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is the bodhisattva of transcendental wisdom and knowledge. He is the manifestation of the wisdom of all Buddhas and Bodhisattvas. Manjushri is the Buddhist counterpart of the Brahmanical god Brahma, who is also depicted with a scripture (the Vedas
). Manjushri confers knowledge, intelligence, and retentive memory on his worshippers. The position occupied by Manjushri in the Buddhist pantheon is one of the very highest. His mention as a bodhisattva occurs earliest in the Buddhist texts. His worship is widely prevalent among the Buddhists of the Northern Buddhist countries. Manjushri is the patron deity of Nepalese Buddhism and is credited with draining the Kathmandu valley when it was great lake with a blow of his sword. As the totality of transcendent wisdom, Manjushri is identified with primordial Buddha Svayambhunath and is the root teacher of Nepale Buddhist Chakrasamvara practice. Those, who could not form any conception of him according to Tantric rites, attained perfection only by muttering his numerous mantras. Manjushri is believed to have been a wandering ascetic and the Gandavyuha Sutra
records the tradition that he came out of Pratishthanakutagraha
and accompanied by Bodhisattvas of his status and other divinities, led his journey to Dakshinapatha
. Further it is also mentioned in the text about an assembly at Jetavana in which Manjushri, Samantabhadra, five thousand Bodhisattvas and Mahashravakas participated along with Buddha. A Chinese tradition records that Gautama Buddha had informed Manjushri of his duty to turn the wheel of Law for the salvation of the Chinese and choose Panchshira (five-peaked) mountain in Shan-si
province in china as his place of manifestation. The association of Manjushri with China is also mentioned in the Svayambhu Purana
. The Purana
mentioned that Manjushri which was his abode to Svayambhunath kshetra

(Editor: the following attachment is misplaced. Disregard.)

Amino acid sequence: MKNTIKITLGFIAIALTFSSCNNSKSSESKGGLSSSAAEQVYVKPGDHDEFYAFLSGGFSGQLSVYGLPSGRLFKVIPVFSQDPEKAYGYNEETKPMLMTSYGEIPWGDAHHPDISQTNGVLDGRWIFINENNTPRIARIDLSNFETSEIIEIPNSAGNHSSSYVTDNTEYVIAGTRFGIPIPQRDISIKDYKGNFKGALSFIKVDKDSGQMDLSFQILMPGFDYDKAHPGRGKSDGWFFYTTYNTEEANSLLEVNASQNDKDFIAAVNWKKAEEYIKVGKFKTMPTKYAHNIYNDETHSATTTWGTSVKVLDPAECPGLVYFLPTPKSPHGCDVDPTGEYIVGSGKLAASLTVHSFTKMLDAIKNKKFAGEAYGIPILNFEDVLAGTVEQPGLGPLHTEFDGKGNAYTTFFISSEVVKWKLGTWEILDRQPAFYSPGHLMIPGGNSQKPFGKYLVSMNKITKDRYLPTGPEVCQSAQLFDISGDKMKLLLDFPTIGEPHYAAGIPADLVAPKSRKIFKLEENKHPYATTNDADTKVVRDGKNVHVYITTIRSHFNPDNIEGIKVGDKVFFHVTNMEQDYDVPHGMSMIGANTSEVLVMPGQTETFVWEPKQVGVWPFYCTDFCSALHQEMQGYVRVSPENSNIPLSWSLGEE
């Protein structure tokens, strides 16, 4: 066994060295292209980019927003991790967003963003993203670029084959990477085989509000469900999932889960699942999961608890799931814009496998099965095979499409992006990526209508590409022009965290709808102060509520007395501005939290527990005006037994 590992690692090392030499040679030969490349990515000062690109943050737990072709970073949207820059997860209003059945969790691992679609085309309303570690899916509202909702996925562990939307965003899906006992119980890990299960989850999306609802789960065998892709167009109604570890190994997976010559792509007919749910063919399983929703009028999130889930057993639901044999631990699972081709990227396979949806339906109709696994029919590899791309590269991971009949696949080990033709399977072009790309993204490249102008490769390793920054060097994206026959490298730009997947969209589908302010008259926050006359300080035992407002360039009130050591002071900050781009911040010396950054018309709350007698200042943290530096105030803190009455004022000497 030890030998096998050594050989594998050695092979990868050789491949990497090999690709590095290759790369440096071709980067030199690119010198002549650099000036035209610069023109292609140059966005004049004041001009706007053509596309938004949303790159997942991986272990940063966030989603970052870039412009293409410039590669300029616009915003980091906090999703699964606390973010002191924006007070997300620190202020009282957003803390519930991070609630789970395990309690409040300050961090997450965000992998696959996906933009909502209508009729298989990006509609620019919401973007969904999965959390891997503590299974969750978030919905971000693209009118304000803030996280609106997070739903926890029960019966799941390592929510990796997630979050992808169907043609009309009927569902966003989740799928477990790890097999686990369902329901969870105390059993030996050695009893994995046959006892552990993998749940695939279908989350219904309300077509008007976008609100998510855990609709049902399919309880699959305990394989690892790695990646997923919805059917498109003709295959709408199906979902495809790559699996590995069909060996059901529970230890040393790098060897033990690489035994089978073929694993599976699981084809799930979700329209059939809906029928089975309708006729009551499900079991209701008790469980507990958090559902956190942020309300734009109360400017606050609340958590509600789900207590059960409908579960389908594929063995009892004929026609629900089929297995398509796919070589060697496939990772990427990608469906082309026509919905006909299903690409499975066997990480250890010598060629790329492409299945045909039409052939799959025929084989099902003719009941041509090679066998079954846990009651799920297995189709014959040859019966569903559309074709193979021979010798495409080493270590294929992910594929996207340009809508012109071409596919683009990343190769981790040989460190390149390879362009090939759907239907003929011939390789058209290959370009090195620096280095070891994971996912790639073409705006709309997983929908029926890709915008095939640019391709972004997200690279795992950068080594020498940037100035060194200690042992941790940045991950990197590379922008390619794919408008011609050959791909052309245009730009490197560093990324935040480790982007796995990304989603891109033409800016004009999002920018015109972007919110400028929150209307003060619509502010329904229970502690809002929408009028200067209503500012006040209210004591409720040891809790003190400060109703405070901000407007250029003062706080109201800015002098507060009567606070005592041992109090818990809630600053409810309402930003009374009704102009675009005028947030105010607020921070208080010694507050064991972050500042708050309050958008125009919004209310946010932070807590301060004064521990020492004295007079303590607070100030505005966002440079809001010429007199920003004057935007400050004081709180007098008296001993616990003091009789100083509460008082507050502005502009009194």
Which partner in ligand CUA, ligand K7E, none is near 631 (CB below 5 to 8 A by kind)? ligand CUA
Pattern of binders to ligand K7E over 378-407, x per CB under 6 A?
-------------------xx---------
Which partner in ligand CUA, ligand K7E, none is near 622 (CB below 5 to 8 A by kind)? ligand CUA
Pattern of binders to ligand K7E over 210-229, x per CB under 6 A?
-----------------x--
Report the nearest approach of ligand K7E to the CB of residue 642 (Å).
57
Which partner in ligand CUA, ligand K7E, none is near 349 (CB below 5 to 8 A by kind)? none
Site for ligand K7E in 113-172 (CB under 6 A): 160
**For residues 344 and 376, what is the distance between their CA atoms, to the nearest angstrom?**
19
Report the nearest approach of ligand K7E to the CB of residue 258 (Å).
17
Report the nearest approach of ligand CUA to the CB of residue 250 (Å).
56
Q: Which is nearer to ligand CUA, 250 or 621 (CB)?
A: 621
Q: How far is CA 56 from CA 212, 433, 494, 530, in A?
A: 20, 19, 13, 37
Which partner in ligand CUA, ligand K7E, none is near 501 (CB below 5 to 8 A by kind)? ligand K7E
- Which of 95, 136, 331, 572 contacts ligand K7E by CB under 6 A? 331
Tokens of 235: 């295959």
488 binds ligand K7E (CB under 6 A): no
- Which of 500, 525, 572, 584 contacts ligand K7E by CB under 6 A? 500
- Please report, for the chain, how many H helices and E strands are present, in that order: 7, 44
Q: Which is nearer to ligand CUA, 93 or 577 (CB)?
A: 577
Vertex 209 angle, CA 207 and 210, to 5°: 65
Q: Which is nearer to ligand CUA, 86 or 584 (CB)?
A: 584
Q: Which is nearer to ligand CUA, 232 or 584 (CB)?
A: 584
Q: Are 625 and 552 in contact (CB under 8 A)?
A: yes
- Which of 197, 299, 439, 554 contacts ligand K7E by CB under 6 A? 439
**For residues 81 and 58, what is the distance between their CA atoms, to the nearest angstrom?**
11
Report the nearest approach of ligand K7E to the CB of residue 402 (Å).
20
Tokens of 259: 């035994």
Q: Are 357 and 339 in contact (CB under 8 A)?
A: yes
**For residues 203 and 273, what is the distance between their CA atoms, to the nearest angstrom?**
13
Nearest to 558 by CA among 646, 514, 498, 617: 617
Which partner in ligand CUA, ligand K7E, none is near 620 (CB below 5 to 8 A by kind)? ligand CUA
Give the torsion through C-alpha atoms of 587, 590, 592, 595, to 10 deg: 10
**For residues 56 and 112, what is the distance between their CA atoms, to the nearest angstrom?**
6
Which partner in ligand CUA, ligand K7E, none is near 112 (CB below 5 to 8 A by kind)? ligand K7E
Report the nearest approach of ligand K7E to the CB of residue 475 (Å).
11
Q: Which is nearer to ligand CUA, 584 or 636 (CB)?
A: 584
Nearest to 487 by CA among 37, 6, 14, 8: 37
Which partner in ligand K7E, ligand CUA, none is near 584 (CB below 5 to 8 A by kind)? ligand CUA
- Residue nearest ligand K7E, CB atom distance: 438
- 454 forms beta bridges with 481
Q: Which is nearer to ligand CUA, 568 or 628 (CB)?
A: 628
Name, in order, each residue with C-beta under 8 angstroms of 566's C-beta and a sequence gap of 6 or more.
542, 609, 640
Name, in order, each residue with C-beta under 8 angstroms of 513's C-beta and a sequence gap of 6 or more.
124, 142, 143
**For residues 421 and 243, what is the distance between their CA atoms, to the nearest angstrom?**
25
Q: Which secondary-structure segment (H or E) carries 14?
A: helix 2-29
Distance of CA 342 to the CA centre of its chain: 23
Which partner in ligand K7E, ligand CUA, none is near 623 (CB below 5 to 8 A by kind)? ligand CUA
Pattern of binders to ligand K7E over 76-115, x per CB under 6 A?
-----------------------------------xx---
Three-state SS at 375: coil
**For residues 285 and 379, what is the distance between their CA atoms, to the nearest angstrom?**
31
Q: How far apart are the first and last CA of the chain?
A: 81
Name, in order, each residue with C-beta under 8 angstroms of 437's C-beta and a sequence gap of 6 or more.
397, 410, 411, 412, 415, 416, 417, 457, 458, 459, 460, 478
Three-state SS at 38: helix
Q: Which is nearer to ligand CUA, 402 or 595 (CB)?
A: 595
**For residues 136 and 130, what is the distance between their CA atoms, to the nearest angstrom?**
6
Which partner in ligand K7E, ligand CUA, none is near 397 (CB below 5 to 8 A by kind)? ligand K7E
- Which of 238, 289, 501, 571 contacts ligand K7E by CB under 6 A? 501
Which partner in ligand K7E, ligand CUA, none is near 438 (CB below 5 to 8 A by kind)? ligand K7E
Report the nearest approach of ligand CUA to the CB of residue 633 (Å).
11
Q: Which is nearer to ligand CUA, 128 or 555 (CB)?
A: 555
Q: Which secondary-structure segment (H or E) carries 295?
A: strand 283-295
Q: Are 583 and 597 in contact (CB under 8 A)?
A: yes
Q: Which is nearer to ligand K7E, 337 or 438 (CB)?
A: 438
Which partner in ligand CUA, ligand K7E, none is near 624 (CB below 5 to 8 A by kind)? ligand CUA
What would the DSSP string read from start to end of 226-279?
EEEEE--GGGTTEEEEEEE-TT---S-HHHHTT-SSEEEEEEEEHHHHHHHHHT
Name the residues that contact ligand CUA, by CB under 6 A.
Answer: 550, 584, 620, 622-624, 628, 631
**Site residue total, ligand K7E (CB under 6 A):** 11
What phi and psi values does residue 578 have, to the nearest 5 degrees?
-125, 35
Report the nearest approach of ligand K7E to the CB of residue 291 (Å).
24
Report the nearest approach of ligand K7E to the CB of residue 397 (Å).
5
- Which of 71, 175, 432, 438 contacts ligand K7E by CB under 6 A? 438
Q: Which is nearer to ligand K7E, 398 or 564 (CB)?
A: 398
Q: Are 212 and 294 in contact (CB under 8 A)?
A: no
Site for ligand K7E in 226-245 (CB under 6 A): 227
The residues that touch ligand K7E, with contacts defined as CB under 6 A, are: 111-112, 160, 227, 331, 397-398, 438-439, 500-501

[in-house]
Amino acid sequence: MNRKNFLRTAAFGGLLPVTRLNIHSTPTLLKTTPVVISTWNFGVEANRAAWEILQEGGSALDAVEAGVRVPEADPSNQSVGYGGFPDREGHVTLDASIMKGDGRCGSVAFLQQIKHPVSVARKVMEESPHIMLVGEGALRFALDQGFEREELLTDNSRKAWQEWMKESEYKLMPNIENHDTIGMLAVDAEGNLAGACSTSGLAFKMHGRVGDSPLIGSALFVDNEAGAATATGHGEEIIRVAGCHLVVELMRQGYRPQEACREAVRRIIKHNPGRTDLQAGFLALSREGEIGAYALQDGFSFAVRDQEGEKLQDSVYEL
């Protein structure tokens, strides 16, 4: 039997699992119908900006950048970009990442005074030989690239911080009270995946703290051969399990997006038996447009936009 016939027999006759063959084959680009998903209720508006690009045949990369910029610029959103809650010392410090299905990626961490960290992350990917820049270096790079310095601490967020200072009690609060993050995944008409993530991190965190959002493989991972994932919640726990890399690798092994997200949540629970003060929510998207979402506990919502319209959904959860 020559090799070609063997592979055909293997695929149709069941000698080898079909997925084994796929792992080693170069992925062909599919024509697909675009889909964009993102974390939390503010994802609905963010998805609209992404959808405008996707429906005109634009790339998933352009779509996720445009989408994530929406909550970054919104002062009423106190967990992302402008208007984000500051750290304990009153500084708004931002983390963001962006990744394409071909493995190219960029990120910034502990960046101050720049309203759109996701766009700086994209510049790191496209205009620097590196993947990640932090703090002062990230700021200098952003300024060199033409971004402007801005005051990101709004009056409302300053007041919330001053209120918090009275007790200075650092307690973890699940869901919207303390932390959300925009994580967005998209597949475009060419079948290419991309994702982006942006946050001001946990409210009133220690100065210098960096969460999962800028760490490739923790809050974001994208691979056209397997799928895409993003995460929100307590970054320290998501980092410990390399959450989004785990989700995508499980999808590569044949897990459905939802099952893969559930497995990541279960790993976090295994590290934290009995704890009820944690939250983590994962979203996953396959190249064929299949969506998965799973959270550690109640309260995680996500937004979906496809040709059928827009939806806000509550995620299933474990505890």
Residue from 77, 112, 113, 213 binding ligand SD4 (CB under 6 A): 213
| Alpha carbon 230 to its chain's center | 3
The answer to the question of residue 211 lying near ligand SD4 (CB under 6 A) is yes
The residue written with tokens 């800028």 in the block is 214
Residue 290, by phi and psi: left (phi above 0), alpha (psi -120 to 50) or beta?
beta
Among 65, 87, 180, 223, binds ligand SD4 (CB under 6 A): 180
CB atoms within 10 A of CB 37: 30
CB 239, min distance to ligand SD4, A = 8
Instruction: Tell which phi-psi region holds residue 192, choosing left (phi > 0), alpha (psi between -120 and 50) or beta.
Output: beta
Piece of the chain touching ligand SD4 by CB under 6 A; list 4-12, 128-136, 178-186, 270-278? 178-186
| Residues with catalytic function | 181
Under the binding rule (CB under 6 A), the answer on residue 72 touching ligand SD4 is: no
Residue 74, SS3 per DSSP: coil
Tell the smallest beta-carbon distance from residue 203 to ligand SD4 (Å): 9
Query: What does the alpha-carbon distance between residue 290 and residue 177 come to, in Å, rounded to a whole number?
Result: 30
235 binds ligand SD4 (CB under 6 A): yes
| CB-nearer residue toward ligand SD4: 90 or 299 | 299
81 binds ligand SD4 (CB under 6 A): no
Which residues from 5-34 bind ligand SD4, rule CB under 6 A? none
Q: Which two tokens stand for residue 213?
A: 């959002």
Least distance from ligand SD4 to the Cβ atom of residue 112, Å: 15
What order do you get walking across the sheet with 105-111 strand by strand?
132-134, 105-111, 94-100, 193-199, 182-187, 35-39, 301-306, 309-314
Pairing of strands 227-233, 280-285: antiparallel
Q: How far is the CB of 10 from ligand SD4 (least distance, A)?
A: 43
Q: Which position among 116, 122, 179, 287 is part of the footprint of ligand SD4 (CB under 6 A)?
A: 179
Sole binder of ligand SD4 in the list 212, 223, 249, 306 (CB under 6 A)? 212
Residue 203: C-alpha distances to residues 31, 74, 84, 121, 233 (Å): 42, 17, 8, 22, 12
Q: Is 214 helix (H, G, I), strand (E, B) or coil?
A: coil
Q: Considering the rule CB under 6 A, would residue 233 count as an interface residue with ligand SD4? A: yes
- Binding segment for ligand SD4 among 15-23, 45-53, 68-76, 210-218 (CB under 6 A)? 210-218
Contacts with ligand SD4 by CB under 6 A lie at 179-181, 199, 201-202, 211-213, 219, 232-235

in order to pay his respect to Adi-Buddha who had manifested himself in lake Kalihrada
, this is now the Nepal valley. Manjushri erected a temple over the flame of fire and on a hillock nearby he made his own abode, and also a vihara still known as the Manjupattana. Manjushri stayed there sometime and thereafter he returned home. This tradition has led some scholars to propound the view that Manjushri was a historical character.
Aryamanjushri-mulakalpa and Sadhanamala describe a number of distinctive forms of Manjushri for worship and sadhana. The present form of Manjushri is known as Arapachana. Several sadhanas in the Sadhanamala describe this form of Manjushri. In this form he is to be seated in vajraparyankasana with two hands, right hand upraised with wisdom sword and the left with a manuscript, generally held near the chest, but in many manifestations he does not carry the scripture or book against the chest, but holds the stem of a lotus, which bears the book. When he holds manuscript near the chest, he is accompanied by the four divinities, Keshini, Upakeshini, Chandraprabha and Suryaprabha and as the group of five originates from the five syllables, 'A', 'R', 'P', 'C' and 'N', the principal deity is called Arapachana. Each syllable of Arapachana Manjushri's mantra has a symbolic meaning. The symbolism of the letters is explained below:
A is the essence of all Dharma because it is un-produced in the beginning
RA is the head of all Dharma because it is free from defilements
PA is the chief of all Dharma because it expounds ultimate truth
CA is the head of all Dharma because of the no-perception of disease and rebirth
NA is the chief of all Dharma because it is from name (and form). Thus these powerful five syllables, as mentioned above, are personified in the form of Arapachana Manjushri as the highest embodiment of the knowledge of all Buddhas. The ARAPACHANA syllabary is mentioned in early Mahayana sutras, the Lalitavistara, the Gandavyuha, and Prajnaparamita.
In this painting Arapachana Manjushri is seated in vajraparyankasana on moon disk on a lotus flower in clouds. Manjushri has a smiling face and the complexion of his body is gold. Manjushri brandishes a flaming wisdom sword in his right hand, and the left holds a stem of lotus flower which bears the book. His hair is partially up in a knot and partially down on his shoulders. He wears a gold crown and ornaments of a prince with precious gemstones. Moreover he wears a flowing turquoise silk scarf with all-over flowers in gold and red dhoti with all-over stylized designs in gold. Manjushri here also wears a white scarf, tied diagonally in his left shoulder. There is an aureole behind his body with petals and rainbow border and turquoise halo behind his head. Amitabha Buddha is seated in the top centre, while the bottom centre depicts auspicious peaceful offerings. The painting is suitable for sadhana and practices.
This description is by Dr. Shailendra K. Verma. His Doctorate thesis being: "Emergence and Evolution of the Buddha Image (From its inception to 8th century A.D.)".
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